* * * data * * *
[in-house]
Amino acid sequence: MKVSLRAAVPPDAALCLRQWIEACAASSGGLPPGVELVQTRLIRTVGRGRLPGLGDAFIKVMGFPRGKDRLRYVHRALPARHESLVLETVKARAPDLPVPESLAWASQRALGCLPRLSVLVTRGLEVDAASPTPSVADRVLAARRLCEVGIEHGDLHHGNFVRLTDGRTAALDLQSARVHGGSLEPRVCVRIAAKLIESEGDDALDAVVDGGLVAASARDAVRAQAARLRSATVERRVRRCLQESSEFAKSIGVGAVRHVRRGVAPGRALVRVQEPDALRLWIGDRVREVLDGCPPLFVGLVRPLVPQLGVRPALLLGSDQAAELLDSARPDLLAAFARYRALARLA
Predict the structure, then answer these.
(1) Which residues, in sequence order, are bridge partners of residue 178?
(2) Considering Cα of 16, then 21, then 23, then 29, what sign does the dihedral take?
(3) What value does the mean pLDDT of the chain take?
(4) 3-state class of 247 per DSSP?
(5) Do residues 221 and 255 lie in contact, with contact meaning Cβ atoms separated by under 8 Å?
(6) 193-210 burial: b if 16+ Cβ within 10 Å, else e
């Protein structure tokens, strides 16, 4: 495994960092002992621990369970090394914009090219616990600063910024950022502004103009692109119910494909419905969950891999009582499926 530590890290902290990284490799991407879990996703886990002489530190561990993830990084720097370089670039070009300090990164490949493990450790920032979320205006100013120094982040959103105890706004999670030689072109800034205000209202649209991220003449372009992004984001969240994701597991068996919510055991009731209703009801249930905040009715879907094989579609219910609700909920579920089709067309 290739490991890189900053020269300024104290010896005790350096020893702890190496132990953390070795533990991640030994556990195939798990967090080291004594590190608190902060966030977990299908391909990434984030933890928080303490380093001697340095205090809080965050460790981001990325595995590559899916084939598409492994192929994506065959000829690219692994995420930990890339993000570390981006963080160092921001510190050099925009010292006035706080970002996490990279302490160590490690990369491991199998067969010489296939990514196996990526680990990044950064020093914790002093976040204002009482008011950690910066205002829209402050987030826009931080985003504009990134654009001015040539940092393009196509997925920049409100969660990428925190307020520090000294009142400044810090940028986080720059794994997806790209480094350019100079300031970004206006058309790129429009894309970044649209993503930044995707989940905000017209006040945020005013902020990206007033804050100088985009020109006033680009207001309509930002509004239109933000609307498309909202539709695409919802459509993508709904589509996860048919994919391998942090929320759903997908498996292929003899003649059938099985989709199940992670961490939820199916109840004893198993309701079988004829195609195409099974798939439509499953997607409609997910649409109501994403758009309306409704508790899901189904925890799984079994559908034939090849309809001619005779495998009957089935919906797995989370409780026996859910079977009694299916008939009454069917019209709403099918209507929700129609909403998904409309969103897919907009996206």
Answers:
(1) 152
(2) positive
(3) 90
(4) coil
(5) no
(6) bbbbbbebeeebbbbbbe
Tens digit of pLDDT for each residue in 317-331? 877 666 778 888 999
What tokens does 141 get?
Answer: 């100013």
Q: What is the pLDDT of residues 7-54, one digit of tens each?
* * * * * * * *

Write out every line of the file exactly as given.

[in-house]
Amino acid sequence: MKVSLRAAVPPDAALCLRQWIEACAASSGGLPPGVELVQTRLIRTVGRGRLPGLGDAFIKVMGFPRGKDRLRYVHRALPARHESLVLETVKARAPDLPVPESLAWASQRALGCLPRLSVLVTRGLEVDAASPTPSVADRVLAARRLCEVGIEHGDLHHGNFVRLTDGRTAALDLQSARVHGGSLEPRVCVRIAAKLIESEGDDALDAVVDGGLVAASARDAVRAQAARLRSATVERRVRRCLQESSEFAKSIGVGAVRHVRRGVAPGRALVRVQEPDALRLWIGDRVREVLDGCPPLFVGLVRPLVPQLGVRPALLLGSDQAAELLDSARPDLLAAFARYRALARLA
Predict the structure, then answer these.
(1) Which residues, in sequence order, are bridge partners of residue 178?
(2) Considering Cα of 16, then 21, then 23, then 29, what sign does the dihedral take?
(3) What value does the mean pLDDT of the chain take?
(4) 3-state class of 247 per DSSP?
(5) Do residues 221 and 255 lie in contact, with contact meaning Cβ atoms separated by under 8 Å?
(6) 193-210 burial: b if 16+ Cβ within 10 Å, else e
């Protein structure tokens, strides 16, 4: 495994960092002992621990369970090394914009090219616990600063910024950022502004103009692109119910494909419905969950891999009582499926 530590890290902290990284490799991407879990996703886990002489530190561990993830990084720097370089670039070009300090990164490949493990450790920032979320205006100013120094982040959103105890706004999670030689072109800034205000209202649209991220003449372009992004984001969240994701597991068996919510055991009731209703009801249930905040009715879907094989579609219910609700909920579920089709067309 290739490991890189900053020269300024104290010896005790350096020893702890190496132990953390070795533990991640030994556990195939798990967090080291004594590190608190902060966030977990299908391909990434984030933890928080303490380093001697340095205090809080965050460790981001990325595995590559899916084939598409492994192929994506065959000829690219692994995420930990890339993000570390981006963080160092921001510190050099925009010292006035706080970002996490990279302490160590490690990369491991199998067969010489296939990514196996990526680990990044950064020093914790002093976040204002009482008011950690910066205002829209402050987030826009931080985003504009990134654009001015040539940092393009196509997925920049409100969660990428925190307020520090000294009142400044810090940028986080720059794994997806790209480094350019100079300031970004206006058309790129429009894309970044649209993503930044995707989940905000017209006040945020005013902020990206007033804050100088985009020109006033680009207001309509930002509004239109933000609307498309909202539709695409919802459509993508709904589509996860048919994919391998942090929320759903997908498996292929003899003649059938099985989709199940992670961490939820199916109840004893198993309701079988004829195609195409099974798939439509499953997607409609997910649409109501994403758009309306409704508790899901189904925890799984079994559908034939090849309809001619005779495998009957089935919906797995989370409780026996859910079977009694299916008939009454069917019209709403099918209507929700129609909403998904409309969103897919907009996206």
Answers:
(1) 152
(2) positive
(3) 90
(4) coil
(5) no
(6) bbbbbbebeeebbbbbbe
Tens digit of pLDDT for each residue in 317-331? 877 666 778 888 999
What tokens does 141 get?
Answer: 């100013």
Q: What is the pLDDT of residues 7-54, one digit of tens each?